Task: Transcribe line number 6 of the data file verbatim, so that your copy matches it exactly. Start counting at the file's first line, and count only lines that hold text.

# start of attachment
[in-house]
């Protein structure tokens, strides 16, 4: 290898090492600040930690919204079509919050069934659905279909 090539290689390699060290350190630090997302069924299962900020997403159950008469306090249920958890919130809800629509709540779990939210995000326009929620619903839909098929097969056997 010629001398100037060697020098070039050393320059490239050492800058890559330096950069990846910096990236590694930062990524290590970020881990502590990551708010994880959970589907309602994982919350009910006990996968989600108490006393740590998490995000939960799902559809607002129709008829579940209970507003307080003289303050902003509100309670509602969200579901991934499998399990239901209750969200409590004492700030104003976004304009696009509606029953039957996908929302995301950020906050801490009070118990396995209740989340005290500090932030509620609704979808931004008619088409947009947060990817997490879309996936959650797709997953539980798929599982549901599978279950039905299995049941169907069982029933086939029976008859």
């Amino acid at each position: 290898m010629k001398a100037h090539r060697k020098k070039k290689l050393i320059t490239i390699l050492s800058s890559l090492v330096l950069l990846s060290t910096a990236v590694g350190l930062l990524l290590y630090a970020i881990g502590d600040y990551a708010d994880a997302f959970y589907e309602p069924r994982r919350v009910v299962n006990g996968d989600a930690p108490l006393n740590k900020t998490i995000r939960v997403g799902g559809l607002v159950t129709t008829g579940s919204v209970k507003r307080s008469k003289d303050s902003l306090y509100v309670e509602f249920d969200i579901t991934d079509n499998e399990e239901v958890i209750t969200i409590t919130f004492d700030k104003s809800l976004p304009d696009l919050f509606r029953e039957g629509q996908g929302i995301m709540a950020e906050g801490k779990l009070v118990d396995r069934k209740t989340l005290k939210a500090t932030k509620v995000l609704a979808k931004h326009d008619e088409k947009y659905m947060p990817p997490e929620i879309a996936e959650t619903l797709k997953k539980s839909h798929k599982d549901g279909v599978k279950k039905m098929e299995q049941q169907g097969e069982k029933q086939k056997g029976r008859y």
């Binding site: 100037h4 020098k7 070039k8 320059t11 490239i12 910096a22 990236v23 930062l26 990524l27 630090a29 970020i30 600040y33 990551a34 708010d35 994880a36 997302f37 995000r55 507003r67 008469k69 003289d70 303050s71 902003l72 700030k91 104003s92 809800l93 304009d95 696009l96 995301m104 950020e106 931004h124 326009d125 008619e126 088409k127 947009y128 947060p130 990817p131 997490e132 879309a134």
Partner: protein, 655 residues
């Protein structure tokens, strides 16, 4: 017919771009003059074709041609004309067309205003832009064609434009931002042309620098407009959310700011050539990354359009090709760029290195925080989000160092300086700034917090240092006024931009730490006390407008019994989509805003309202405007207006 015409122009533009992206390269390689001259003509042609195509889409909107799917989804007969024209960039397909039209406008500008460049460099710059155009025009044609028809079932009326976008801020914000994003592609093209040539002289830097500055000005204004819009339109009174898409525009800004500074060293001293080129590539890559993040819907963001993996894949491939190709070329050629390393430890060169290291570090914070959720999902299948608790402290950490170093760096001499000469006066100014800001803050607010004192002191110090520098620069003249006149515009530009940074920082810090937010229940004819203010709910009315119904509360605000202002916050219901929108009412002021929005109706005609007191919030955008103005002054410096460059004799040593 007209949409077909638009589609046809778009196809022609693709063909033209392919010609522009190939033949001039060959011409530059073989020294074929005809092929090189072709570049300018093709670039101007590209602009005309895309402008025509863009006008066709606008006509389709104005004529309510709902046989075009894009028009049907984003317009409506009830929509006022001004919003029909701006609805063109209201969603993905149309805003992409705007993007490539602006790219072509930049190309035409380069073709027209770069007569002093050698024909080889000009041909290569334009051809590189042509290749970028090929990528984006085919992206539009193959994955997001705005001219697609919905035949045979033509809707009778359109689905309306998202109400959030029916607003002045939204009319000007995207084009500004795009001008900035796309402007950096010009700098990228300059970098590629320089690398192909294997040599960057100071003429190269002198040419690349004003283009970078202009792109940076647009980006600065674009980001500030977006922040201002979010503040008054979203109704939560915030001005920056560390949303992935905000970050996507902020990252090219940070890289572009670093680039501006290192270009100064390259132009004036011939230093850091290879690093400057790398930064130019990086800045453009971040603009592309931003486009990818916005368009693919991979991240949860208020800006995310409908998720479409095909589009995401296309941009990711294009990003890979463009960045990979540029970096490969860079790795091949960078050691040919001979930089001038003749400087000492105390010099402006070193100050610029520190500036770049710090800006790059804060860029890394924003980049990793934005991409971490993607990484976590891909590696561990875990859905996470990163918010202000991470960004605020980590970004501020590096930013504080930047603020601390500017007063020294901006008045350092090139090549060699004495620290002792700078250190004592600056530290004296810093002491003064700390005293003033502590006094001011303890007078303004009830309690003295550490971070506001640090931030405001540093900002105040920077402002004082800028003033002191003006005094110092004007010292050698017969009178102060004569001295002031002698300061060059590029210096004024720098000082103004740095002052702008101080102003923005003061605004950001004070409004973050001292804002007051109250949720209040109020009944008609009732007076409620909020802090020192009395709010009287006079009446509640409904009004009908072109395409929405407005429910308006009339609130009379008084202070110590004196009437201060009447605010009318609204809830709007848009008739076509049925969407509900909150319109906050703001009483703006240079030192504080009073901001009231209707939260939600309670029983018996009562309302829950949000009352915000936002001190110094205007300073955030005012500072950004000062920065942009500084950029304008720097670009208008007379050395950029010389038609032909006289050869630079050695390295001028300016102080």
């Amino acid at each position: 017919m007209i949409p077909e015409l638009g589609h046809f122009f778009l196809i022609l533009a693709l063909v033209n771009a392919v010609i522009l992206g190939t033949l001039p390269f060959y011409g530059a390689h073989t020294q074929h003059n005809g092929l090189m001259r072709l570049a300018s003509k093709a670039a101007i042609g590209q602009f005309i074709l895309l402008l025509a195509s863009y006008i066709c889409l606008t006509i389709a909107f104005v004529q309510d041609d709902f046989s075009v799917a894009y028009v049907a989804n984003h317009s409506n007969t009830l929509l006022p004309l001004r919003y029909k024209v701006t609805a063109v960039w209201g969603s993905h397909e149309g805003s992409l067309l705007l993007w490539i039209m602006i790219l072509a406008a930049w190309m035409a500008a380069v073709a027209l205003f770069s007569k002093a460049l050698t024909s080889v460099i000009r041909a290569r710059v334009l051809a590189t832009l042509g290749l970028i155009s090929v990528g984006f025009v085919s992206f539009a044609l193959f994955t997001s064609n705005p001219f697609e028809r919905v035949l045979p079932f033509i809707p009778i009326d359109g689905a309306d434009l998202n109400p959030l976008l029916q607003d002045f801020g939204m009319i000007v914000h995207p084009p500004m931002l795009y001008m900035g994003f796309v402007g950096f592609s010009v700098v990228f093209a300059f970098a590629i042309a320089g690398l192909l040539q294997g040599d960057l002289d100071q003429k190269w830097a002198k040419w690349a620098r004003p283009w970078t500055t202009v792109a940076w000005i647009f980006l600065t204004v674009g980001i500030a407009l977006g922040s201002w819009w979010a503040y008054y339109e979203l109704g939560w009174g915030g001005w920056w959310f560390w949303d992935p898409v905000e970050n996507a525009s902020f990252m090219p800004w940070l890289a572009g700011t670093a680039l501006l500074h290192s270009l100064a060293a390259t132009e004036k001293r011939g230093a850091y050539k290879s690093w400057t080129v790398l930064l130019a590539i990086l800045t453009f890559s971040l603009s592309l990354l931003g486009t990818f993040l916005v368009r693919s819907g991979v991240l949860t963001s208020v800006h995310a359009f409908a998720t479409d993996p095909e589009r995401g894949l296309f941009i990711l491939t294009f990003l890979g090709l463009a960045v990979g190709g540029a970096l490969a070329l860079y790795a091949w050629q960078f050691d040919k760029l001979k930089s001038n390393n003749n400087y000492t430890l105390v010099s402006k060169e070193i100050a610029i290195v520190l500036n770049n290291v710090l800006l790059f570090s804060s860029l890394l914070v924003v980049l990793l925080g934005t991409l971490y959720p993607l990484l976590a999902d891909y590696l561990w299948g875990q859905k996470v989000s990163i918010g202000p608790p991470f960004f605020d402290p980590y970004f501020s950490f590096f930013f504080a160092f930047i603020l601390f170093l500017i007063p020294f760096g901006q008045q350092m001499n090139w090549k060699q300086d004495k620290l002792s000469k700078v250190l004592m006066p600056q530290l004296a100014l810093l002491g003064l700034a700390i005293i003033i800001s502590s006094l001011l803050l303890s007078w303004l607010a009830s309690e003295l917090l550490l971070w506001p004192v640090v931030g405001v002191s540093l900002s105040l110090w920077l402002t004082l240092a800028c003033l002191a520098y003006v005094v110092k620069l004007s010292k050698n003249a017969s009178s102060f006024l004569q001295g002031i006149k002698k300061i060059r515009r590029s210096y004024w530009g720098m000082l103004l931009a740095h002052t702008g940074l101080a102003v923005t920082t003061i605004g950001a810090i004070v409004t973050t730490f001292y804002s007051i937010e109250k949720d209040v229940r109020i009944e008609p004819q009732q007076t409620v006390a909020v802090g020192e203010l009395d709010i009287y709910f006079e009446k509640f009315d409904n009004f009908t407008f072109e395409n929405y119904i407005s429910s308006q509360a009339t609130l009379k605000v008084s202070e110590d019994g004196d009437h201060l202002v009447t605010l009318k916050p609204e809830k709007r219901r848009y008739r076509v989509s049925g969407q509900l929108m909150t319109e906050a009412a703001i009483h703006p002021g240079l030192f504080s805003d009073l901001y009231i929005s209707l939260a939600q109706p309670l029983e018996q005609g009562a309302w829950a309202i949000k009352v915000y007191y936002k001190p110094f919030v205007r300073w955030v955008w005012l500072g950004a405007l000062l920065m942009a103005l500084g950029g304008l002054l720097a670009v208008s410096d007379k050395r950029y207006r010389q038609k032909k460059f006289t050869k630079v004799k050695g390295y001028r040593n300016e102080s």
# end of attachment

């Protein structure tokens, strides 16, 4: 017919771009003059074709041609004309067309205003832009064609434009931002042309620098407009959310700011050539990354359009090709760029290195925080989000160092300086700034917090240092006024931009730490006390407008019994989509805003309202405007207006 015409122009533009992206390269390689001259003509042609195509889409909107799917989804007969024209960039397909039209406008500008460049460099710059155009025009044609028809079932009326976008801020914000994003592609093209040539002289830097500055000005204004819009339109009174898409525009800004500074060293001293080129590539890559993040819907963001993996894949491939190709070329050629390393430890060169290291570090914070959720999902299948608790402290950490170093760096001499000469006066100014800001803050607010004192002191110090520098620069003249006149515009530009940074920082810090937010229940004819203010709910009315119904509360605000202002916050219901929108009412002021929005109706005609007191919030955008103005002054410096460059004799040593 007209949409077909638009589609046809778009196809022609693709063909033209392919010609522009190939033949001039060959011409530059073989020294074929005809092929090189072709570049300018093709670039101007590209602009005309895309402008025509863009006008066709606008006509389709104005004529309510709902046989075009894009028009049907984003317009409506009830929509006022001004919003029909701006609805063109209201969603993905149309805003992409705007993007490539602006790219072509930049190309035409380069073709027209770069007569002093050698024909080889000009041909290569334009051809590189042509290749970028090929990528984006085919992206539009193959994955997001705005001219697609919905035949045979033509809707009778359109689905309306998202109400959030029916607003002045939204009319000007995207084009500004795009001008900035796309402007950096010009700098990228300059970098590629320089690398192909294997040599960057100071003429190269002198040419690349004003283009970078202009792109940076647009980006600065674009980001500030977006922040201002979010503040008054979203109704939560915030001005920056560390949303992935905000970050996507902020990252090219940070890289572009670093680039501006290192270009100064390259132009004036011939230093850091290879690093400057790398930064130019990086800045453009971040603009592309931003486009990818916005368009693919991979991240949860208020800006995310409908998720479409095909589009995401296309941009990711294009990003890979463009960045990979540029970096490969860079790795091949960078050691040919001979930089001038003749400087000492105390010099402006070193100050610029520190500036770049710090800006790059804060860029890394924003980049990793934005991409971490993607990484976590891909590696561990875990859905996470990163918010202000991470960004605020980590970004501020590096930013504080930047603020601390500017007063020294901006008045350092090139090549060699004495620290002792700078250190004592600056530290004296810093002491003064700390005293003033502590006094001011303890007078303004009830309690003295550490971070506001640090931030405001540093900002105040920077402002004082800028003033002191003006005094110092004007010292050698017969009178102060004569001295002031002698300061060059590029210096004024720098000082103004740095002052702008101080102003923005003061605004950001004070409004973050001292804002007051109250949720209040109020009944008609009732007076409620909020802090020192009395709010009287006079009446509640409904009004009908072109395409929405407005429910308006009339609130009379008084202070110590004196009437201060009447605010009318609204809830709007848009008739076509049925969407509900909150319109906050703001009483703006240079030192504080009073901001009231209707939260939600309670029983018996009562309302829950949000009352915000936002001190110094205007300073955030005012500072950004000062920065942009500084950029304008720097670009208008007379050395950029010389038609032909006289050869630079050695390295001028300016102080």